The Android Market is not as well-established as the Apple App Store and therefore there is not necessarily as much available
On visiting the Android market they encounter the downside of open-source; "apps by anyone" leads to variable quality
It is not as well organised as it could be and improvements are sought in terms of categorisation and recommendations
"It’s not the clearest of sites, it’s overloaded, it tends to categorise things poorly…"
The more mixed views on the Android market are reflected in the quantitative results.
There is some positive feeling but users are somewhat less enthusiastic about Android Market than they are about their handsets:
45% of current Android users agree that Android Market offers the widest range of apps
43% agree that apps available for Android are better than those for other smartphones
What are the implications?
Android has established itself in the UK market and is set to grow in 2011.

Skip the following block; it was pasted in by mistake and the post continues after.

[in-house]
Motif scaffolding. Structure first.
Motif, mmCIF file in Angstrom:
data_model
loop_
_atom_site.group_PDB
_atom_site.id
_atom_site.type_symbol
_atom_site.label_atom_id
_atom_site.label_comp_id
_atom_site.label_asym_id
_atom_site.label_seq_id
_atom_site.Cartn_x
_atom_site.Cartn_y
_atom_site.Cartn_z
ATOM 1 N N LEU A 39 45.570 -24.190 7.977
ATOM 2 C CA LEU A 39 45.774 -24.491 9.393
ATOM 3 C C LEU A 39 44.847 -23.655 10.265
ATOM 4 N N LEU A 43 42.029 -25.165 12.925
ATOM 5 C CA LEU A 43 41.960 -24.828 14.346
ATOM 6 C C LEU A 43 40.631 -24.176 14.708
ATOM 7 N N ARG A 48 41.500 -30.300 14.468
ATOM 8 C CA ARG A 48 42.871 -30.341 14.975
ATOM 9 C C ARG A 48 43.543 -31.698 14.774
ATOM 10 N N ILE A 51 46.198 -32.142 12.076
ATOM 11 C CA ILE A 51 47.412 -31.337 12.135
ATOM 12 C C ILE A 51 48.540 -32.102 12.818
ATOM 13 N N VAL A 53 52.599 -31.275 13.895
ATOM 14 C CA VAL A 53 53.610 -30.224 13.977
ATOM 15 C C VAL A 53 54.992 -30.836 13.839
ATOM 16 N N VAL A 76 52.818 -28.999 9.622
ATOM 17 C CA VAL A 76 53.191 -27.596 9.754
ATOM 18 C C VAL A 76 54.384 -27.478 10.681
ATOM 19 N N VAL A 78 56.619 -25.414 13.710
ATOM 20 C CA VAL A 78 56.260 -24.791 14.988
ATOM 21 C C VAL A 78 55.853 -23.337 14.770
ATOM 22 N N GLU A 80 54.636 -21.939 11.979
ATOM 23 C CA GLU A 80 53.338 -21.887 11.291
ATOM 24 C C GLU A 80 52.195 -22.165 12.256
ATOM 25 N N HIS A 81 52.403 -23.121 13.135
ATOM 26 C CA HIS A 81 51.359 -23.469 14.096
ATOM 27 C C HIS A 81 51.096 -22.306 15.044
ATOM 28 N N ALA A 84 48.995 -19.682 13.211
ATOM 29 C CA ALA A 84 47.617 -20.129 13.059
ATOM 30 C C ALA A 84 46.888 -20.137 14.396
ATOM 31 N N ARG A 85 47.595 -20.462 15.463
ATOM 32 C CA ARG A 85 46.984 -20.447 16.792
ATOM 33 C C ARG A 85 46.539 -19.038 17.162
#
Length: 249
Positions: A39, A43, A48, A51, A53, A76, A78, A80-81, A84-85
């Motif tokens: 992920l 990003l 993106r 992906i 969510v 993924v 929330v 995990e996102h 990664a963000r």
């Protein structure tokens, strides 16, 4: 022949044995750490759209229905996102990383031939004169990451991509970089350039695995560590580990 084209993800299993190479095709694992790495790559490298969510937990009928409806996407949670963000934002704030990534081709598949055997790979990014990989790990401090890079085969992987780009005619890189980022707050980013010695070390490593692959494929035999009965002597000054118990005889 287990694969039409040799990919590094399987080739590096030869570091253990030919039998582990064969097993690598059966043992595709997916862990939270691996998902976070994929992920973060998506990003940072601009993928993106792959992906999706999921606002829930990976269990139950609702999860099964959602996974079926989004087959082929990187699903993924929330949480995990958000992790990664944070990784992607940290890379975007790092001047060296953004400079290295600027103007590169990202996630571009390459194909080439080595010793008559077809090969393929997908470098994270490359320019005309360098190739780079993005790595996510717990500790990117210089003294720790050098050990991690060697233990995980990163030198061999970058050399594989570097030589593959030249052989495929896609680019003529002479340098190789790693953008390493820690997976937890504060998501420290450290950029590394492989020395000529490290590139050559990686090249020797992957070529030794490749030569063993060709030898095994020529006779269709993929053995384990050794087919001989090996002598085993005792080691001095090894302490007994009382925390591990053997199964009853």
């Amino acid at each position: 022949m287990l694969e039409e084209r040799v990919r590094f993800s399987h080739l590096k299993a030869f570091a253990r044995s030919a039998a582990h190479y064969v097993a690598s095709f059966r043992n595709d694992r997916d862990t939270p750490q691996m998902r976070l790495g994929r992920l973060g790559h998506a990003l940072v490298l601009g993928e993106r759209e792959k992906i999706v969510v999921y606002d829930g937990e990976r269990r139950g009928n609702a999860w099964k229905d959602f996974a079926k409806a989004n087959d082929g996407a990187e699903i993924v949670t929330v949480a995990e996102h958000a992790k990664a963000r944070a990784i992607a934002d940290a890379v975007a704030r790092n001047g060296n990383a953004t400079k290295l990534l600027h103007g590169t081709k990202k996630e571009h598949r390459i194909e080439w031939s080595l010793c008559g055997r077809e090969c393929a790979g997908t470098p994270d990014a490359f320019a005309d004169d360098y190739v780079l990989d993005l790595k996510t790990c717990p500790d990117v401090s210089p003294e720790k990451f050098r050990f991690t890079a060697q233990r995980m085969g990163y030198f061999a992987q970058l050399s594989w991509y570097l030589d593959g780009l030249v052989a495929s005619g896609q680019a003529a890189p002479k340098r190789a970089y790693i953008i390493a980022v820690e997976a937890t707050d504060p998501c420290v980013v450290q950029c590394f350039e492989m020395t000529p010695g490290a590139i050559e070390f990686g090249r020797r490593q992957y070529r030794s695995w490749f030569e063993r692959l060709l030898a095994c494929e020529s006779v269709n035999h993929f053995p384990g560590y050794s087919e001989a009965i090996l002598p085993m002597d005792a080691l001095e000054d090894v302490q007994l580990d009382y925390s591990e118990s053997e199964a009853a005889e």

Feedback from users is generally positive and word of mouth will be an important factor in the growth of Android over the coming year. Forums and communities will continue to be key battlefields.
Mobile marketers must have a multi-platform strategy which includes Android.
What's not yet clear is whether Android or iPhone will be bigger in sales terms in 2011 or indeed how successful Windows Phone 7 will be. These are all topics for future research.
However, one thing we have learnt from this research is that sales figures and market share mean nothing to the base of early adopters who remain fiercely loyal to their chosen operating system.
This piece was purely about the views of Android users and therefore doesn’t make any judgements about competing platforms.
What is clear is that the market is crying out for some research which comprehensively compares the user experience across the range of smartphone platforms available (with a particular focus on Android vs. iOS). That has to be next on the agenda.
How we did our research
ICM’s qualitative specialists filmed in-depth qualitative interviews amongst Android users to explore attitudes and issues.
Emerging key themes were then quantified using our nationally representative online omnibus survey.
Nearly 2,000 mobile phone users were surveyed in total, with a representative sub-sample of 119 current Android users.
Maurice Fyles, associate director at ICM Research